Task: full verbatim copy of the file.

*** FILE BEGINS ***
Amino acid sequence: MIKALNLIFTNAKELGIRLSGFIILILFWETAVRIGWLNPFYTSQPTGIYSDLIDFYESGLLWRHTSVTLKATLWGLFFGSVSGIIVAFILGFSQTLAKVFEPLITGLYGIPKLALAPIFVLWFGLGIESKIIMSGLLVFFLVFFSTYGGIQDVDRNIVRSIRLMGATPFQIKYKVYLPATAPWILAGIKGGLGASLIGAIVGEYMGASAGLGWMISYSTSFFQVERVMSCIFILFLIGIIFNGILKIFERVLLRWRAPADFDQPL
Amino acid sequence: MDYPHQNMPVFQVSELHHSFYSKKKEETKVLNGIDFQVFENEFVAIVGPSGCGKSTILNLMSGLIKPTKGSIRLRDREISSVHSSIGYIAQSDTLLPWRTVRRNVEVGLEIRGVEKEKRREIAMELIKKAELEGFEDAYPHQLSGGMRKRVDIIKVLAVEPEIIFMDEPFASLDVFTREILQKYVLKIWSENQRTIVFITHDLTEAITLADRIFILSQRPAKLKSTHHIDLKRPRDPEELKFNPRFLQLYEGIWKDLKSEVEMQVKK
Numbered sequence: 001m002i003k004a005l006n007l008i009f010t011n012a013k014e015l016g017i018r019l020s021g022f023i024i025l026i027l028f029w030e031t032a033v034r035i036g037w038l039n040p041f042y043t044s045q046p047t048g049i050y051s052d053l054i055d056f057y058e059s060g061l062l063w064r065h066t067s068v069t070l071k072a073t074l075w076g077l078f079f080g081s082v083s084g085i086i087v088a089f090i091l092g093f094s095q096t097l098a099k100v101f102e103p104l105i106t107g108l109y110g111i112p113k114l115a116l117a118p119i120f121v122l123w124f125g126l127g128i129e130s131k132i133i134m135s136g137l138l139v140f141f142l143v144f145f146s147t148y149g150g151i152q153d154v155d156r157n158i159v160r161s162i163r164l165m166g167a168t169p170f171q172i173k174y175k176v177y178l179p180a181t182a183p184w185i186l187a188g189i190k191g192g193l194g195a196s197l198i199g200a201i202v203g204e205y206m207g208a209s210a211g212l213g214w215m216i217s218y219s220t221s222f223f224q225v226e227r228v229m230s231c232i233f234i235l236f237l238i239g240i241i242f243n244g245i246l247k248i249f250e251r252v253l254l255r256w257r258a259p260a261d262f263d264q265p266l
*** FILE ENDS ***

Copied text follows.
Amino acid sequence: MIKALNLIFTNAKELGIRLSGFIILILFWETAVRIGWLNPFYTSQPTGIYSDLIDFYESGLLWRHTSVTLKATLWGLFFGSVSGIIVAFILGFSQTLAKVFEPLITGLYGIPKLALAPIFVLWFGLGIESKIIMSGLLVFFLVFFSTYGGIQDVDRNIVRSIRLMGATPFQIKYKVYLPATAPWILAGIKGGLGASLIGAIVGEYMGASAGLGWMISYSTSFFQVERVMSCIFILFLIGIIFNGILKIFERVLLRWRAPADFDQPL
Amino acid sequence: MDYPHQNMPVFQVSELHHSFYSKKKEETKVLNGIDFQVFENEFVAIVGPSGCGKSTILNLMSGLIKPTKGSIRLRDREISSVHSSIGYIAQSDTLLPWRTVRRNVEVGLEIRGVEKEKRREIAMELIKKAELEGFEDAYPHQLSGGMRKRVDIIKVLAVEPEIIFMDEPFASLDVFTREILQKYVLKIWSENQRTIVFITHDLTEAITLADRIFILSQRPAKLKSTHHIDLKRPRDPEELKFNPRFLQLYEGIWKDLKSEVEMQVKK
Numbered sequence: 001m002i003k004a005l006n007l008i009f010t011n012a013k014e015l016g017i018r019l020s021g022f023i024i025l026i027l028f029w030e031t032a033v034r035i036g037w038l039n040p041f042y043t044s045q046p047t048g049i050y051s052d053l054i055d056f057y058e059s060g061l062l063w064r065h066t067s068v069t070l071k072a073t074l075w076g077l078f079f080g081s082v083s084g085i086i087v088a089f090i091l092g093f094s095q096t097l098a099k100v101f102e103p104l105i106t107g108l109y110g111i112p113k114l115a116l117a118p119i120f121v122l123w124f125g126l127g128i129e130s131k132i133i134m135s136g137l138l139v140f141f142l143v144f145f146s147t148y149g150g151i152q153d154v155d156r157n158i159v160r161s162i163r164l165m166g167a168t169p170f171q172i173k174y175k176v177y178l179p180a181t182a183p184w185i186l187a188g189i190k191g192g193l194g195a196s197l198i199g200a201i202v203g204e205y206m207g208a209s210a211g212l213g214w215m216i217s218y219s220t221s222f223f224q225v226e227r228v229m230s231c232i233f234i235l236f237l238i239g240i241i242f243n244g245i246l247k248i249f250e251r252v253l254l255r256w257r258a259p260a261d262f263d264q265p266l